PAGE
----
Chairman Mao's portrait glowered overhead, but it was another old man who held our destiny in his hands. In the early hours of 24 September 1993 I joined a few hundred Beijingers gathered at Tiananmen Gate. We strained to understand crackling radios tuned to the Olympic boss, Juan Antonio Samaranch, in Monte Carlo. Before announcing who would be the 2000 Olympics host he paused to thank the competing cities, in alphabetical order.
But the Chinese translation had stopped too soon, in nervous anticipation of history. And when "Beijing" was heard first, the Tiananmen fountains erupted into the night sky, bubbling in a blaze of floodlight. The joyful ejaculation was woefully premature. It took two minutes until the cheering and hugging faded into shocked silence. The fountains dribbled to a trickle, and the actual winner celebrated down under.
Concealing the logo on my Radio Australia microphone, I tried to record reaction from tearful people angry at Beijing's loss in a race their government had assured them was won. Frustrated and suddenly tired, the crowds turned their backs on Chairman Mao and went home, as armed police hustled reporters away.
There is no official function planned in Communist China's political heartland tonight. Just as in 1993, the square may be off limits because of party paranoia about crowds that might turn on their rulers. Instead, a "mass cultural gathering" is planned several miles to the west, at the ugly Millennium Monument, a concrete tribute to China's future.
But I will stop once more beneath Mr Mao's portrait, because Tiananmen bears witness to China's history, and this time I want Beijing to win.
Eight years ago, I swallowed disappointment at Manchester's failed bid, and quietly enjoyed Sydney's success. It was but four years since Chinese soldiers shot dead hundreds of their fellow citizens in the avenues around Tiananmen. Market reforms heated up, yet the pace of political change was glacial. Dissidents released to curry favour with the IOC were incarcerated again after the vote.
However tainted the honour of hosting the Olympics, Beijing and China did not deserve it.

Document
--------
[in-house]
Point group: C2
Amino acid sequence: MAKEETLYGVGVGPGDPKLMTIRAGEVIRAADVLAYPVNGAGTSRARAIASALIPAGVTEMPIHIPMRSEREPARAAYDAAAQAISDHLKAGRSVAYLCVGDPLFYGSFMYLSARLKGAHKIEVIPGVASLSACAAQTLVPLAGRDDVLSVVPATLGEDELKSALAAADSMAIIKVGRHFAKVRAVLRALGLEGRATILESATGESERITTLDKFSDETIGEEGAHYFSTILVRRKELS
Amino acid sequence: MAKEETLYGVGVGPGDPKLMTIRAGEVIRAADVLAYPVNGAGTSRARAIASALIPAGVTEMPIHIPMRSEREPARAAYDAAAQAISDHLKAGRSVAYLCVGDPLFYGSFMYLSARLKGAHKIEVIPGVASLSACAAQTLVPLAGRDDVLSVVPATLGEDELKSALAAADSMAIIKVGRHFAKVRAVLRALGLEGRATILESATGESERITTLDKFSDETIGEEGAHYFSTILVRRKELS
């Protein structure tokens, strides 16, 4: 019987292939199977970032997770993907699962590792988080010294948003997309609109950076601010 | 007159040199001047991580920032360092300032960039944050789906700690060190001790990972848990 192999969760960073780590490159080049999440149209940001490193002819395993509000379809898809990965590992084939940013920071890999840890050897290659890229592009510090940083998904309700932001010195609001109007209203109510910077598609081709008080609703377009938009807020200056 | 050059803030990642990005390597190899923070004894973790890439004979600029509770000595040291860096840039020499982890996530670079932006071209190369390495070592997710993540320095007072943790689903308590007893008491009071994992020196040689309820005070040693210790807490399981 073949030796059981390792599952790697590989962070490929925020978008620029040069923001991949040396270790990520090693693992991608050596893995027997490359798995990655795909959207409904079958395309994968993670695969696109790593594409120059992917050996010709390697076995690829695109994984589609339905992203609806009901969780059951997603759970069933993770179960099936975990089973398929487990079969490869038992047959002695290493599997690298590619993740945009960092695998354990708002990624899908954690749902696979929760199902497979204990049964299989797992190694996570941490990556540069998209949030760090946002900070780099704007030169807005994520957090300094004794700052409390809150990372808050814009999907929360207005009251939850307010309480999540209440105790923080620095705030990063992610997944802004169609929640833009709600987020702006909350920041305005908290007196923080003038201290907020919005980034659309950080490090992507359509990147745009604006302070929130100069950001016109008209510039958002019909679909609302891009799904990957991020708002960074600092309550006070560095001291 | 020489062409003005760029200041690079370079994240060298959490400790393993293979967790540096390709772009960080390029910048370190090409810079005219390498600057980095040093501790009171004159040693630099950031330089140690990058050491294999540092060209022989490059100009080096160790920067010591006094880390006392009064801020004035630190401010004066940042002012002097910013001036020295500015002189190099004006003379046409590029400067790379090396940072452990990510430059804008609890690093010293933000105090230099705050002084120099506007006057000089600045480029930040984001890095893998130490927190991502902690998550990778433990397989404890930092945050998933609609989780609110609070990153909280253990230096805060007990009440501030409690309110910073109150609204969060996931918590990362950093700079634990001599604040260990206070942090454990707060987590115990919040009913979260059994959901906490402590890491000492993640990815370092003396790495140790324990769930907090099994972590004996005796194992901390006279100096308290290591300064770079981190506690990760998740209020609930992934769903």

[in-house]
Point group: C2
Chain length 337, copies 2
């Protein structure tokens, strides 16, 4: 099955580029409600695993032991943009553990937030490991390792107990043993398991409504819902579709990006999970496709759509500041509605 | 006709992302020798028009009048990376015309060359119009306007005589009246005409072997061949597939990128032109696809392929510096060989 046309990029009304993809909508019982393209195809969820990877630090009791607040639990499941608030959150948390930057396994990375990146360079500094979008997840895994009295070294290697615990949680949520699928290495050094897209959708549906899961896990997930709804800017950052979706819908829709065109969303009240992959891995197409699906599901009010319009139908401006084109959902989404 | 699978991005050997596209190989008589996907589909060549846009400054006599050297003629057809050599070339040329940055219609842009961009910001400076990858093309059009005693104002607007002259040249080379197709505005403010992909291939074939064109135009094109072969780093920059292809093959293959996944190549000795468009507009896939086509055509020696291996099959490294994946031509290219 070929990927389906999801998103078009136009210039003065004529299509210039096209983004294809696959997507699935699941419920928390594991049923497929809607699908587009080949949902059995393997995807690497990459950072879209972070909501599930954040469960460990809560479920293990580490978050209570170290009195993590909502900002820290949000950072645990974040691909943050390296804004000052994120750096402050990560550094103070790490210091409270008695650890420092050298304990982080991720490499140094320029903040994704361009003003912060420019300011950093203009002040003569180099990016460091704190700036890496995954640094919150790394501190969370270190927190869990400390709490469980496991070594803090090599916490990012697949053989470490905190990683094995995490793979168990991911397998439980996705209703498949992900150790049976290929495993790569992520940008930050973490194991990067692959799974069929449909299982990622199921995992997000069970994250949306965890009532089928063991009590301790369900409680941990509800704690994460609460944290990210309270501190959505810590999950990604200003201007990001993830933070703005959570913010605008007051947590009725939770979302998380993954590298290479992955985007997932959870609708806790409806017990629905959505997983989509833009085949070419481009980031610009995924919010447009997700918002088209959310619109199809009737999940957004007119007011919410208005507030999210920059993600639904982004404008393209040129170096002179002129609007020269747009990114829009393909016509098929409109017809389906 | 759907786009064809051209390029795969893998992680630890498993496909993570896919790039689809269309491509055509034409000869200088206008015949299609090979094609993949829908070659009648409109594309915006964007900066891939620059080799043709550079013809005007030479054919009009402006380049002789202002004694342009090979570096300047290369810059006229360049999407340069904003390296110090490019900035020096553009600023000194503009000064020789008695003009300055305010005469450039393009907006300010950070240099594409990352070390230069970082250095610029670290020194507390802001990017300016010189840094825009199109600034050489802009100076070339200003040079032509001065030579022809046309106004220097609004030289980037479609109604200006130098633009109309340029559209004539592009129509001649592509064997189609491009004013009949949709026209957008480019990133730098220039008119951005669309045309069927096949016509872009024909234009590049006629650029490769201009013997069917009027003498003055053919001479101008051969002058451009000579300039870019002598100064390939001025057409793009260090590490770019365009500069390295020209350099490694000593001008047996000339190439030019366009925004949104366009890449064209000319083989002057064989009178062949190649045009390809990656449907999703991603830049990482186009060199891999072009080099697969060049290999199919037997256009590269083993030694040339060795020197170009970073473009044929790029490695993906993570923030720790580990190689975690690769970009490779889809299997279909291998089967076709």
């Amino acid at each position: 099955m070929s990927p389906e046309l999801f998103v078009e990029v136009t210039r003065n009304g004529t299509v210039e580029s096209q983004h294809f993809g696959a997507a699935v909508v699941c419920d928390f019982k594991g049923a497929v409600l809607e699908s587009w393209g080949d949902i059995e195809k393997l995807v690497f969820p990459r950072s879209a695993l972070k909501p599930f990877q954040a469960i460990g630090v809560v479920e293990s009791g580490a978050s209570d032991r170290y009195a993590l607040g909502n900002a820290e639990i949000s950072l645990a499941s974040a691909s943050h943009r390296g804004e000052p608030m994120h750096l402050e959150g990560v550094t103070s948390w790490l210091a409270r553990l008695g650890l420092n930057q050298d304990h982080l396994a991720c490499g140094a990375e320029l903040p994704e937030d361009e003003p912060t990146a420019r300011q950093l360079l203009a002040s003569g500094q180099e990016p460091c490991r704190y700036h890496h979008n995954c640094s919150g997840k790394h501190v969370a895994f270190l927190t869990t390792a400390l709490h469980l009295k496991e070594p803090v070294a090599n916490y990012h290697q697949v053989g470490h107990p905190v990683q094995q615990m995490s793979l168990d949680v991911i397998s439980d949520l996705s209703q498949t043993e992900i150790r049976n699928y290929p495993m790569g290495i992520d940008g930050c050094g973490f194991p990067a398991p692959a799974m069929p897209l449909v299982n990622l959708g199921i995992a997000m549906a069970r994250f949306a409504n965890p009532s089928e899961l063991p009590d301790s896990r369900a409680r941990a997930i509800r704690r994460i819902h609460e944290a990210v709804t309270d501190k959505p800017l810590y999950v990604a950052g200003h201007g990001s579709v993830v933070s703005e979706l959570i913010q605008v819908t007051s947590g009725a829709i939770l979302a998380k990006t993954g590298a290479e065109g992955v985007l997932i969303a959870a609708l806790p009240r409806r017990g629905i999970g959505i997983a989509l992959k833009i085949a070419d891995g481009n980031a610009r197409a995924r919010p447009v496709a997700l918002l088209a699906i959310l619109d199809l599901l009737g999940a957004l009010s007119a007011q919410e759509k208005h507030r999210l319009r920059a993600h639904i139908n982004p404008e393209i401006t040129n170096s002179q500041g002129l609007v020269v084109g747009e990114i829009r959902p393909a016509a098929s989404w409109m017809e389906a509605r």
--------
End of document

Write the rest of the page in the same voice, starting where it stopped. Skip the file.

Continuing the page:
So what have they done since to change my mind? In 2001, China's Communist leaders boast they enjoy such great public support that opposition groups and free elections remain unnecessary.
The tools of repression are as busy as ever. Labour camps overflow with inmates who pursued illegal doctrines such as Falun Gong or multiparty democracy. Beijing feels confident enough not to bother freeing anyone ahead of tonight's vote. Several newspapers have been scrapped for missing the party line. In the past three months alone, execution grounds echoed to the gunshots dispatching 1,751 convicts, more than the rest of the world managed in the past three years. Yet it is just such depressing news, and hopes for modest change away from the headlines, that make me support a Beijing Olympics.
Dark comparisons with Hitler's 1936 Games ignore the fact that China is emerging from its nightmare, not heading back into Maoist hell. But nor is China so advanced on the democratic path that sport may spur political reform, as happened to the 1988 host, South Korea. The likely result is perhaps somewhere between. The Communist Party will relish the propaganda coup, while their citizens exploit the global spotlight to push diverse agendas.
Most of China's people now enjoy more rights than at any time under the People's Republic of China. And they are quietly clamouring for more. Dr Hu Yunteng, a social scientist who broke China's taboo on death penalty research, said: "China is not only developing economically, but also in the rule of law and protection of human rights. The Olympics will have a comprehensive influence on China."
If the arbitrary use of capital punishment unites most of China's critics, it is also an area where engagement, not confrontation, may yield results.
Beijing has received several lobby groups pushing for non-violent crimes to be struck off the capital crime list. Yet the greatest force for change in China must come from within.
The people who lend me hope are the brave pioneers of civil society who form non-government organisations to protect the environment, women's and migrants' rights. More broadly, an increasing number of Chinese are willing to challenge the government to fulfil its promises. Several million Chinese people travel abroad each year; even more explore the subversive world of the internet, despite the best efforts of China's internet police. As they pay their taxes, and buy their own homes, more Chinese expect accountability from a government best known for corruption and secrecy. Victory tonight would also help to heal the historical griev-ance, kept raw by the party, that the rest of the world wants to keep China down.Reuse content